Top Photo: Annual out-of-focus brown creeper photo.
Each winter here at the museum I get the opportunity to photograph at least one brown creeper. I don’t see them that often, once, twice, maybe three times per winter season. They’re listed as “fairly common” here on the piedmont but they are, however, small, inconspicuous, and easily overlooked.
As the name implies, they’re largely brown in color with white and black markings and nearly all white undersides. They creep up the sides of trees looking for food, probing under bark and crevices for insects and other arthropods and their larvae or eggs with their decurved bills. When they reach a respectable height they fly down near the base of another nearby tree and repeat the process.
They may or may not be traveling with a loose winter flock of local chickadees, titmice, nuthatches, and pine warbler or two. But if you see any of those birds, give pause and scan for a creeper, you may get lucky.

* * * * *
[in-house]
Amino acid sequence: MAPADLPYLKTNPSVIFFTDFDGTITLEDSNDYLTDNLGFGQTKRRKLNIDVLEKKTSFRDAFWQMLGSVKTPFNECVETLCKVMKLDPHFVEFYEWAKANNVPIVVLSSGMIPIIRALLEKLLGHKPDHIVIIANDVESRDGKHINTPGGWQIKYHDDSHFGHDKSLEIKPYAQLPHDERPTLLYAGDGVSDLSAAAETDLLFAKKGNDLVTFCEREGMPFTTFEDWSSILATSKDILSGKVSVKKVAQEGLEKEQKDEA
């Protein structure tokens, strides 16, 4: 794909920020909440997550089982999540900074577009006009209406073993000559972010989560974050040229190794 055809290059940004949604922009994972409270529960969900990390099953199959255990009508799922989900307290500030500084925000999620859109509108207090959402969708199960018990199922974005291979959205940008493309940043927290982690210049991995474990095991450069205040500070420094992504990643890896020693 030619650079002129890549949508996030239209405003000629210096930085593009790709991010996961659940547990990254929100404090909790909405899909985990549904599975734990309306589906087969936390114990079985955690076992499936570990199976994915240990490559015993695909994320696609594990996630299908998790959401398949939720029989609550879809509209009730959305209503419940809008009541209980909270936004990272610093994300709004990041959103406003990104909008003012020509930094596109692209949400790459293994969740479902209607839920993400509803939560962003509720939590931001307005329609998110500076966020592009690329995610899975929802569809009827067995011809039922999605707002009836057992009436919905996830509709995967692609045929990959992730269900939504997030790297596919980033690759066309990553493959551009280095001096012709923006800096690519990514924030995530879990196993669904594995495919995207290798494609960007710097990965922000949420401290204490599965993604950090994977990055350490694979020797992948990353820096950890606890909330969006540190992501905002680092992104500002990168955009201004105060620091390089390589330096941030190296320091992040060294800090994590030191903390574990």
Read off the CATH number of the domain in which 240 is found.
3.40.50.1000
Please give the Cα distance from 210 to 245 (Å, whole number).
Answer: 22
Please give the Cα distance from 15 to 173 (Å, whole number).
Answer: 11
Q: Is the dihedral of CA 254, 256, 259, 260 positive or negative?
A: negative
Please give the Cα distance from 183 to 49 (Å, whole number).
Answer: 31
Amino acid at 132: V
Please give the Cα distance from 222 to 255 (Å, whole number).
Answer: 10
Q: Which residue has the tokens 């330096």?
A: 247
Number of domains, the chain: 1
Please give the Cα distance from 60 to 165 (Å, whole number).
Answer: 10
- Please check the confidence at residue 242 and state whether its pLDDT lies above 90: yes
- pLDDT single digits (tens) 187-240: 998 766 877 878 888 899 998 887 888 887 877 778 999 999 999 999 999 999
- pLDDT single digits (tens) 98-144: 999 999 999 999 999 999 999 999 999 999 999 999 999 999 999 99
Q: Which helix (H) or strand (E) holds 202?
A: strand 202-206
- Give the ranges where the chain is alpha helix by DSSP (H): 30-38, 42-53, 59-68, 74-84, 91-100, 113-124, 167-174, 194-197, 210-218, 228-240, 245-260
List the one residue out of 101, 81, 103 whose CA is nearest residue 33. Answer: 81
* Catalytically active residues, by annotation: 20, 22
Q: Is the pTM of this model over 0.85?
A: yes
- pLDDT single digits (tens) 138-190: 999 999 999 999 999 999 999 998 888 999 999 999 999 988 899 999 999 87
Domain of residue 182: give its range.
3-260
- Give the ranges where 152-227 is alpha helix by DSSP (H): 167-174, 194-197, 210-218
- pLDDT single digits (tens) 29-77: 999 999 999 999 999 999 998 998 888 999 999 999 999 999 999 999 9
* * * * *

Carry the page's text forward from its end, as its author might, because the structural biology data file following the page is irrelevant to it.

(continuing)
So each winter, if I do come into contact with a creeper, I try my best at getting a respectable photo of the bird. Without fail I get out-of-focus shots of the bird as it quickly moves up a tree trunk. I get pieces of the bird as it disappears around the back of the trunk, or I get grossly over or under exposed shots as the bird moves in and out of the light.
Here’s this year’s best (so far), which I must admit are not too bad (could be a lot better), after a bit of post production manipulation, like exposure correction, sharpness, and color correction (maybe I’ll see another creeper).
I happened to be at the Bird Viewing Exhibit (bird feeders) when I saw the creeper. Ranger Brooke had suggested, and executed, the inclusion of a meal worm tray to bring in more birds. We already have sunflower seed, thistle, and suet feeders hanging, but Brooke had access to meal worms and crickets so she added them to the mix. The birds liked her idea.
Stop by the feeders and have a look for yourself.